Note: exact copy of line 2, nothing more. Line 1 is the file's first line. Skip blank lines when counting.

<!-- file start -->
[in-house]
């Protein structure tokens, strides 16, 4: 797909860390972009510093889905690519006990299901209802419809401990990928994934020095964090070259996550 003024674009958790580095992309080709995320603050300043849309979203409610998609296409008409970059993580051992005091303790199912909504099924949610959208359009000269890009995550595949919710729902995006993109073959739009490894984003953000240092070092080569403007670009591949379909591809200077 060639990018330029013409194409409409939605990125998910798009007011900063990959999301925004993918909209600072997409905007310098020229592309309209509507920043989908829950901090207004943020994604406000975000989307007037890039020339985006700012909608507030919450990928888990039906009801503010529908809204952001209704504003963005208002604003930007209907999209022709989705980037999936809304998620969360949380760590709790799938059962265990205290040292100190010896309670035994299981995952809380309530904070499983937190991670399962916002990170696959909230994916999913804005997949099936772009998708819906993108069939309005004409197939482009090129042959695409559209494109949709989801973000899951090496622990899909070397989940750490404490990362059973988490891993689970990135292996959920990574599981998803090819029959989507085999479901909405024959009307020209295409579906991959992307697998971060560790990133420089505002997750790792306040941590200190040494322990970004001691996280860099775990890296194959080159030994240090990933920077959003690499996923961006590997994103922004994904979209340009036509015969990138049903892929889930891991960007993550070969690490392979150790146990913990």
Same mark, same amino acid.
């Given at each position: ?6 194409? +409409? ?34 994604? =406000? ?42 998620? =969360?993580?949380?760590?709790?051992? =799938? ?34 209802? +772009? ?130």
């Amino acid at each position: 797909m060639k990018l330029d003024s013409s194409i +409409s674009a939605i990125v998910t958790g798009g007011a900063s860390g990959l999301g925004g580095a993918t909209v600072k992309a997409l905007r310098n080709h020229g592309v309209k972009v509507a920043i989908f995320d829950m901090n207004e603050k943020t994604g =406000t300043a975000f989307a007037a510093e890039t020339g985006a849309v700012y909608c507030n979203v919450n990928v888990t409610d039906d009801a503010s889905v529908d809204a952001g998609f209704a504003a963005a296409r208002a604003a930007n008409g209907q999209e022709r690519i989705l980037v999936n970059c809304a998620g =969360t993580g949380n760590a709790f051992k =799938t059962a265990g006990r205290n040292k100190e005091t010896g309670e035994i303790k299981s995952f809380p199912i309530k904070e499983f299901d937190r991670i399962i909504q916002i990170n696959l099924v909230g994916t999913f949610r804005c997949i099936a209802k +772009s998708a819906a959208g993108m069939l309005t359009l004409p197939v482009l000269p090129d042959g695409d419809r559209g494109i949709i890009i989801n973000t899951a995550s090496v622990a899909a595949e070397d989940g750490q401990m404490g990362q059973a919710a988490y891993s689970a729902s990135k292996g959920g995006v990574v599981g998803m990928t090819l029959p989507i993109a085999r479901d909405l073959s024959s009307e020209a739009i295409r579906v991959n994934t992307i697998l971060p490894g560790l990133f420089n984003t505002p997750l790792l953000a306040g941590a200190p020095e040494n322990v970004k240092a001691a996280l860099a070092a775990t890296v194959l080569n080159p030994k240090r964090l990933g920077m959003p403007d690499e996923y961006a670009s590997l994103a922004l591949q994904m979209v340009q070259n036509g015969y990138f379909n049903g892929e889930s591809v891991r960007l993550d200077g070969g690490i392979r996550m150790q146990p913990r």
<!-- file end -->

């Protein structure tokens, strides 16, 4: 797909860390972009510093889905690519006990299901209802419809401990990928994934020095964090070259996550 003024674009958790580095992309080709995320603050300043849309979203409610998609296409008409970059993580051992005091303790199912909504099924949610959208359009000269890009995550595949919710729902995006993109073959739009490894984003953000240092070092080569403007670009591949379909591809200077 060639990018330029013409194409409409939605990125998910798009007011900063990959999301925004993918909209600072997409905007310098020229592309309209509507920043989908829950901090207004943020994604406000975000989307007037890039020339985006700012909608507030919450990928888990039906009801503010529908809204952001209704504003963005208002604003930007209907999209022709989705980037999936809304998620969360949380760590709790799938059962265990205290040292100190010896309670035994299981995952809380309530904070499983937190991670399962916002990170696959909230994916999913804005997949099936772009998708819906993108069939309005004409197939482009090129042959695409559209494109949709989801973000899951090496622990899909070397989940750490404490990362059973988490891993689970990135292996959920990574599981998803090819029959989507085999479901909405024959009307020209295409579906991959992307697998971060560790990133420089505002997750790792306040941590200190040494322990970004001691996280860099775990890296194959080159030994240090990933920077959003690499996923961006590997994103922004994904979209340009036509015969990138049903892929889930891991960007993550070969690490392979150790146990913990």